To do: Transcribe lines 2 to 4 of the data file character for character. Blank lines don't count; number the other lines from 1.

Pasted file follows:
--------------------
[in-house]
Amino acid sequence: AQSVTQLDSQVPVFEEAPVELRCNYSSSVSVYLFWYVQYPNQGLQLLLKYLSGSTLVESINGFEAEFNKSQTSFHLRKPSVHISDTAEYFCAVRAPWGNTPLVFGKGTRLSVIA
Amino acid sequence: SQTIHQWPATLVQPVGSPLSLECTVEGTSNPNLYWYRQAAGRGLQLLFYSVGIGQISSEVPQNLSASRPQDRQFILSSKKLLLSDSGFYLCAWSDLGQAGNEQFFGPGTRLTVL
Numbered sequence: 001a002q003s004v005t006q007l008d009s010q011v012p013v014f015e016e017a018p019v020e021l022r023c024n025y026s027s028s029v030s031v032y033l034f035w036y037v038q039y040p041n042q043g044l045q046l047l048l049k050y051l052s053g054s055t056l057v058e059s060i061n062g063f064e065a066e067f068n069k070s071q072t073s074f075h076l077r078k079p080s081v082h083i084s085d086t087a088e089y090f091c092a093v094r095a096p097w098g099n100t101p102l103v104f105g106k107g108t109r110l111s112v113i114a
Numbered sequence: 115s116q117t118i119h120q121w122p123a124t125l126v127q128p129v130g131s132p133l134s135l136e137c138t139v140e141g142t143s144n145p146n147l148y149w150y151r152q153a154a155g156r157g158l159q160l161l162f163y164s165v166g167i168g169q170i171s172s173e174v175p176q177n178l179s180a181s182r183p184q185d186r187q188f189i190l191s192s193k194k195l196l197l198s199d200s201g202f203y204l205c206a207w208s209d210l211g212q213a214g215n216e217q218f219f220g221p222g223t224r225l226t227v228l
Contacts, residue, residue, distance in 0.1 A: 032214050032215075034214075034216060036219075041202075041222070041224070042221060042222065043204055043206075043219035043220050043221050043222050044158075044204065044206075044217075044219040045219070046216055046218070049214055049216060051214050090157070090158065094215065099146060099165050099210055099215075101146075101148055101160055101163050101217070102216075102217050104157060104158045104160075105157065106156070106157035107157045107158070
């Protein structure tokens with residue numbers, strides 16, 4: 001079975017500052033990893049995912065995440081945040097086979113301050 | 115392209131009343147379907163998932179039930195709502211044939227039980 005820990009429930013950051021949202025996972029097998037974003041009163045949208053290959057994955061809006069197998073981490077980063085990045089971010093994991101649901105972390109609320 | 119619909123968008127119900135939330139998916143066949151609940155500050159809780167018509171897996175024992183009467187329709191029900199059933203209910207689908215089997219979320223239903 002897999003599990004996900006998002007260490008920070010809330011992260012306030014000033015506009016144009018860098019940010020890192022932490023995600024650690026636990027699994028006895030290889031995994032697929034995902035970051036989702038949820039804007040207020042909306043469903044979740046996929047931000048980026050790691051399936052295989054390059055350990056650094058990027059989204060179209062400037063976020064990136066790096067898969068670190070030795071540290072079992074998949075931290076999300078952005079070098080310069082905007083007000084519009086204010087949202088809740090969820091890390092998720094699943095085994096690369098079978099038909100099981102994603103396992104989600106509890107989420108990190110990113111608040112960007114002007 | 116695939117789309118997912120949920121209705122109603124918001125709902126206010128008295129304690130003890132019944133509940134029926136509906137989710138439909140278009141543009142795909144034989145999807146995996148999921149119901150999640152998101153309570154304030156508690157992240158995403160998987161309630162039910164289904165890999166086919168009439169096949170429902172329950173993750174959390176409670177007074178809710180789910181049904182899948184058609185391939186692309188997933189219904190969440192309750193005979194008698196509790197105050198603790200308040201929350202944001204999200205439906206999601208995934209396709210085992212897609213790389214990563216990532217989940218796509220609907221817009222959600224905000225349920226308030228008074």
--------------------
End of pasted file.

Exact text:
Amino acid sequence: AQSVTQLDSQVPVFEEAPVELRCNYSSSVSVYLFWYVQYPNQGLQLLLKYLSGSTLVESINGFEAEFNKSQTSFHLRKPSVHISDTAEYFCAVRAPWGNTPLVFGKGTRLSVIA
Amino acid sequence: SQTIHQWPATLVQPVGSPLSLECTVEGTSNPNLYWYRQAAGRGLQLLFYSVGIGQISSEVPQNLSASRPQDRQFILSSKKLLLSDSGFYLCAWSDLGQAGNEQFFGPGTRLTVL
Numbered sequence: 001a002q003s004v005t006q007l008d009s010q011v012p013v014f015e016e017a018p019v020e021l022r023c024n025y026s027s028s029v030s031v032y033l034f035w036y037v038q039y040p041n042q043g044l045q046l047l048l049k050y051l052s053g054s055t056l057v058e059s060i061n062g063f064e065a066e067f068n069k070s071q072t073s074f075h076l077r078k079p080s081v082h083i084s085d086t087a088e089y090f091c092a093v094r095a096p097w098g099n100t101p102l103v104f105g106k107g108t109r110l111s112v113i114a